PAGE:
permits

Administrative Review and Permitting Process for Wetland Permit Applications

Information on Administrative Review

What is administrative review?  It is an initial check to see if the form has been filled out, required documents submitted, and fees are correct.  Around 60% of all applications do not pass the initial check!  To make sure your application makes the first cut, use the below check list before submitting your application.

Wetlands General Permit 3-9026

19 November 2018
The Secretary of the Vermont Agency of Natural Resources (Secretary) hereby issues this general permit pursuant to 10 V.S.A. § 905b and §§ 9.8 and 9.9 of the Vermont Wetland Rules (VWR) (effective August 15, 2018), for the purpose of expediting the permitting process for certain specified water quality improvement projects conducted in Class II wetlands and their buffer zones. Should any project proponent be uncertain with regard to the interpretation of, application of, or compliance with the provisions of this General Permit, the project proponent should engage the services of a qualified consultant or contact a Department of Environmental Conservation Wetlands Ecologist. Department contact information is located at: http://dec.vermont.gov/watershed/wetlands/contact

Wetlands General Permit 3-9025

03 October 2018
The Secretary of the Vermont Agency of Natural Resources is issuing this general permit pursuant to 10 V.S.A. §905b and §9.7 of the Vermont Wetland Rules, effective August 15, 2018, for certain specified activities within certain wetlands and buffers in order to more effectively and efficiently regulate and protect Vermont’s wetlands. The Secretary reserves the right in Section IX.J of this general permit to require an individual permit if deemed necessary to protect wetlands or buffers.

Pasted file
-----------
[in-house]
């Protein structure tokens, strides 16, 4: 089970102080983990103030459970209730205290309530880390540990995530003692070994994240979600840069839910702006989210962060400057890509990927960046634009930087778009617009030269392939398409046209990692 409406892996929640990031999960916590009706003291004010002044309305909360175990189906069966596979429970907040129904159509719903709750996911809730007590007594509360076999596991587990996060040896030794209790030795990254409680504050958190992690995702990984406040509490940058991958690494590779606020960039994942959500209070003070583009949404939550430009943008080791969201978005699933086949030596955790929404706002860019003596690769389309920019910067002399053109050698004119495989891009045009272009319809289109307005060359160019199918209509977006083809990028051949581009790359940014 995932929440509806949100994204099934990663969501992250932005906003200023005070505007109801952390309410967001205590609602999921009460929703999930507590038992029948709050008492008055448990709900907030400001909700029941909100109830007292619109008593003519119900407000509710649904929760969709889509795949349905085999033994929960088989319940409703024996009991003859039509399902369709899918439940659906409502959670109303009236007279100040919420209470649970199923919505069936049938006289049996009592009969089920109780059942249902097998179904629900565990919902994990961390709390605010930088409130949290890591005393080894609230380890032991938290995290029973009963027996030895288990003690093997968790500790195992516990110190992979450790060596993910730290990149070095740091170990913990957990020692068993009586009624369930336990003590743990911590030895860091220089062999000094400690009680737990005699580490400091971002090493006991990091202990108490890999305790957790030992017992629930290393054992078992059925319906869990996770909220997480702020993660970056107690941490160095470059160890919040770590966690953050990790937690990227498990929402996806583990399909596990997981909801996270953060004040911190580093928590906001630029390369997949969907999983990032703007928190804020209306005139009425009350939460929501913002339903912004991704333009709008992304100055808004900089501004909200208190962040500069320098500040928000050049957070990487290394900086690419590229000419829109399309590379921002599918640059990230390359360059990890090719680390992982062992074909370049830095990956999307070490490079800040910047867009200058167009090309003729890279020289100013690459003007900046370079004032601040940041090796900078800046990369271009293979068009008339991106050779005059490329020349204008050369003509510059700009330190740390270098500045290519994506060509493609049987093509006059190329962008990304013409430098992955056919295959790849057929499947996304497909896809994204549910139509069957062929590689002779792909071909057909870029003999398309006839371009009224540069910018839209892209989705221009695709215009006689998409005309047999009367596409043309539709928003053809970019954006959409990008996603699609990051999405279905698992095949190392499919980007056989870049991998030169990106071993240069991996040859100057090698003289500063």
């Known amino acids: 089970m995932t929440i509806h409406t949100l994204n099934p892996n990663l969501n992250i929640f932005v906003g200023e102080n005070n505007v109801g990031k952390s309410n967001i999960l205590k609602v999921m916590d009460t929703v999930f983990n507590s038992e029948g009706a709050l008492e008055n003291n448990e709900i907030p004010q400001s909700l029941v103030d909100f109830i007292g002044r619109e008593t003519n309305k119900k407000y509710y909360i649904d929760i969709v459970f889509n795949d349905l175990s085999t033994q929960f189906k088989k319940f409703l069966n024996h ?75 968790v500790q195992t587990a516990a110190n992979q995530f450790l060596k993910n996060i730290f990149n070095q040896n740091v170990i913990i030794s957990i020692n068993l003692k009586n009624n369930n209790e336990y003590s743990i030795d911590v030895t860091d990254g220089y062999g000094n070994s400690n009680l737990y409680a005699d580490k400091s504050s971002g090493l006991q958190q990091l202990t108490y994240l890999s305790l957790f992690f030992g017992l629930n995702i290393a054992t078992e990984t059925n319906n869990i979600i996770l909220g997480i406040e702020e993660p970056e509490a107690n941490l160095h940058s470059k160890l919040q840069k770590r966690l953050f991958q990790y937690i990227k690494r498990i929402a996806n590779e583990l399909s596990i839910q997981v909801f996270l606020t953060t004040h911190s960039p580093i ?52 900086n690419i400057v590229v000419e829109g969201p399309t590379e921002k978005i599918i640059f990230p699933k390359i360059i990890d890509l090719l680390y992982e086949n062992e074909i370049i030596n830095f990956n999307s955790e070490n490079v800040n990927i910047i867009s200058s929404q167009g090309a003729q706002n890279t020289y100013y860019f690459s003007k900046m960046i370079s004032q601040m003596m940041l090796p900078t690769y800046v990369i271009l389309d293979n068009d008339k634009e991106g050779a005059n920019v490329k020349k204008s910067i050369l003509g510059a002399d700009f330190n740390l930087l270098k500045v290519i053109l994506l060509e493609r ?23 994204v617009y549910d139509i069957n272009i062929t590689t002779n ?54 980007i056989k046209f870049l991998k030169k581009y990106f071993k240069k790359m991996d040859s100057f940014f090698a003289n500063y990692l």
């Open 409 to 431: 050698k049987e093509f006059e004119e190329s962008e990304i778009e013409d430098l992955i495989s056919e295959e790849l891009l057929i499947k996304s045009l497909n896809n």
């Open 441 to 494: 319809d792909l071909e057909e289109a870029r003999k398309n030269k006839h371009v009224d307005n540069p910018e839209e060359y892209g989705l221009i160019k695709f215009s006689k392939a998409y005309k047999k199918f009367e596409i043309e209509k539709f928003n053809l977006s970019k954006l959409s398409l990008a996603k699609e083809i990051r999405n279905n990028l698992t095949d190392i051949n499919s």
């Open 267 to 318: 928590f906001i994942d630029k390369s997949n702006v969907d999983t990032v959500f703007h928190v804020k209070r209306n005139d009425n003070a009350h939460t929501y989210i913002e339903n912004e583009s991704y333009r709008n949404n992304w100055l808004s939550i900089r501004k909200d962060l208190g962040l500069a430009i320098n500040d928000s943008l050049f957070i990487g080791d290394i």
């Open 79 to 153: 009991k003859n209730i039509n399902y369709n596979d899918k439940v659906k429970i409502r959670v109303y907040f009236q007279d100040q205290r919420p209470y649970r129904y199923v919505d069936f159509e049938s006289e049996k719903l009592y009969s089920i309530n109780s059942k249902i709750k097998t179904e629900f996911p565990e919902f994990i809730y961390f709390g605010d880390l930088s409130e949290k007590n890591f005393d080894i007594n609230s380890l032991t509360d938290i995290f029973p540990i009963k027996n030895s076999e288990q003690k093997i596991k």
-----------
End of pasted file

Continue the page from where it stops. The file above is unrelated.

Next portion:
ANC General Permit

On May 1, 2018, the Aquatic Nuisance Control General Permit for the use of nonchemical aquatic nuisance and rapid response control activities, was issued.  This general permit is limited to the use of benthic barriers and powered mechanical devices that utilize diver assisted suction harvesting as nonchemical aquatic nuisance control activities in waters of the State.  Control activities include: aquatic nuisance control activities that target only aquatic plants determined to be an

Shoreline Stabilization

Shoreline Stabilization Techniques

The shoreline is an important and sensitive area that connects the aquatic world with the adjacent upland.  These “edge” areas provide essential habitat for fish, amphibians, reptiles, birds, insects, and other wildlife.  They also set the stage for good water quality, as the vegetation and natural forest duff layer along the shore infiltrate pollutant- and silt-laden stormwater runoff, keeping lake water clean. 

Rivers Permit Information

If an activity will change, alter, or modify the course, current, or cross section of any watercourse within or along the boundaries of VT, that activity may be require a permit.  The Rivers Program issues permits covering three general areas of activities.  These three areas are: 

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